From China's Dragon Boat Festival to Thailand’s famous water festival Songkran to India’s explosively colorful Holi, Asia is home to numerous incredible festivals that provide visitors an opportunity to immerse themselves in the country’s culture and experience it like a native. Check out our top seven festivals below that are absolutely worth the trip and learn a little bit about Asia's captivating culture and history along the way.
Stretching across five-days this end-October, Diwali is celebrated with great grandeur and color. Also termed “Festival of Lights”, hundreds of small oil lamps are lighted in homes for its symbolism of vivacity and integrity in Hindu mythology. Join in the festivities at Radisson Blu Resort & Spa, Alibaug and enjoy a buffet dinner at Mango Deck offering al fresco dining and a live band.
At the lobby of Radisson Blu Pune Hinjawadi, immerse yourself in Indian culture by trying out the Indian sweets available for purchase, experience live sessions of the teaching the art of Rangoli drawing or the making of Indian sweets. Or, support the works of children with special needs by buying hand-crafted oil lamps. All these activities are happening till 29 October.
Learn more about Diwali and all of India's most colorful festivals!
Chinese New Year
Falling in January next year, The Spring Festival also known as Chinese New Year is the most important celebration for the global Chinese community. Wear red as it is an auspicious color during the festival and head to the Yuyuan Lantern Festival to witness hundreds of intricately designed lanterns - an iconic piece of Shanghai’s rich history and culture.
Stay at the Radisson Blu Shanghai New World for easy access to the festivities or avoid the city crowds and book with Radisson Blu Forest Manor Shanghai to swim under the stars in their starry indoor pool.
Radisson Blu Plaza Chongqing is another ideal hotel nestled by Nan Bin Road. Discover the exciting celebratory nightlife beyond the hotel doors, unwind at the hotel’s indoor swimming pool and spa room or enjoy panoramic views while dining at their various restaurants.
Psst! Did you know that Chinese New Year is a big celebration in Manchester?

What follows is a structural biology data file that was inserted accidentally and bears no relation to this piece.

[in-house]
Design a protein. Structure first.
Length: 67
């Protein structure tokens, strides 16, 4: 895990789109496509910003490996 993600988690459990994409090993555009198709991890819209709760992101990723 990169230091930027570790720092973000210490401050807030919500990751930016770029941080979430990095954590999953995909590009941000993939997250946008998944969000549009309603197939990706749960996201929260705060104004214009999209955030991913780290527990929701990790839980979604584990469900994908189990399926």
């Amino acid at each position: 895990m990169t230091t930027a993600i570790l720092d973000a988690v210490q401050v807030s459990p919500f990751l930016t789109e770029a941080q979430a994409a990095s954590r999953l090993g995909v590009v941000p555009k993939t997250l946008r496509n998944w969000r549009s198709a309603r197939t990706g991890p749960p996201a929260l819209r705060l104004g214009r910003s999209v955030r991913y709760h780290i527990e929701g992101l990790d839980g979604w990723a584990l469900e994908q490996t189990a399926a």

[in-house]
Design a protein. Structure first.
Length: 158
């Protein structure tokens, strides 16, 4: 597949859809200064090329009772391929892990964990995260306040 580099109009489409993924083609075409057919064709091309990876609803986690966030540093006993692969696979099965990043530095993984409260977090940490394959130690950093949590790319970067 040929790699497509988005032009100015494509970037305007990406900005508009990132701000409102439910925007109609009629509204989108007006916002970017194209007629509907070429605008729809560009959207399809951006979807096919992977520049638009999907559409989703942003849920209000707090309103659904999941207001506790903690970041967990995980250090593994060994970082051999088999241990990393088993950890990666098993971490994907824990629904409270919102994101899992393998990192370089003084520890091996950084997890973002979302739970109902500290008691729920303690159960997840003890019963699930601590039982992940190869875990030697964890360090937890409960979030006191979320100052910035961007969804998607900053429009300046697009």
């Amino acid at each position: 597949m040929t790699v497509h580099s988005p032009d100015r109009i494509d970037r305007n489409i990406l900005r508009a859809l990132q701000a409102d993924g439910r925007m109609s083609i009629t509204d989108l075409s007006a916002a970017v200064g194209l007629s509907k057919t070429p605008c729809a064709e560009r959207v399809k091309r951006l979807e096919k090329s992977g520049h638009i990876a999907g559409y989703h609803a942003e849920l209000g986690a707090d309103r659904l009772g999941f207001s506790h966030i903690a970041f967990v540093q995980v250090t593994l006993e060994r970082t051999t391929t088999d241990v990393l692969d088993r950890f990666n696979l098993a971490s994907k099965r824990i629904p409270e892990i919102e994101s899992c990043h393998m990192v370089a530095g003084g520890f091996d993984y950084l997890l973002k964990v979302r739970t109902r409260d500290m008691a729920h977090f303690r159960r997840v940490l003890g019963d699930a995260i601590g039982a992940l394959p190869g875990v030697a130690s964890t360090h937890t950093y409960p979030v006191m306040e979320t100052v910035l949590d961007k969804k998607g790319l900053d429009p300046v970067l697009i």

The Mid-Autumn festival is the second most important festival after the Spring Festival to be celebrated by people of Chinese descent in China, Taiwan, Hong Kong, Vietnam and Singapore. Often described as the Chinese version of “Thanksgiving”, Chinese people reunite with their family members to celebrate harmony and family unity. The festival, which is said to date back over 3,000 years, also celebrates Chang’e, just one of many legends related to this festival. Today the festival is celebrated by the gifting and eating of mooncakes, a pastry filled with lotus paste and sometimes a salted egg yolk or more. Children also go on walks with colorful lanterns, either made from paper or battery-powered ones. Some cities hold big lantern parades and exhibitions. Discover the celebration around the country at one or many Radisson Blu hotels in China next September.
Dragon Boat Festival
Do you know the origin of the Dragon Boat festivals? Dating back over 2000 years to the Warring States Period (B.C. E. 403 — B.C. E. 221), the Chinese Dragon Boat Festival is one of the three most important lunar festivals – along with Spring Festival and Mid-autumn Festival – celebrated by Chinese communities worldwide.
The most popular legend involves Qu Yuan, a notable state official and poet who drowned himself in a river to protest against the political corruption of the day. Many fishermen rode their boats on the river to find his body while other threw rice rolls, eggs and meat into the river hoping that the body of Qu Yuan wouldn’t be eaten by creatures in the river. Today, dragon boat racing and rice dumplings (zongzi) have become part of the celebration.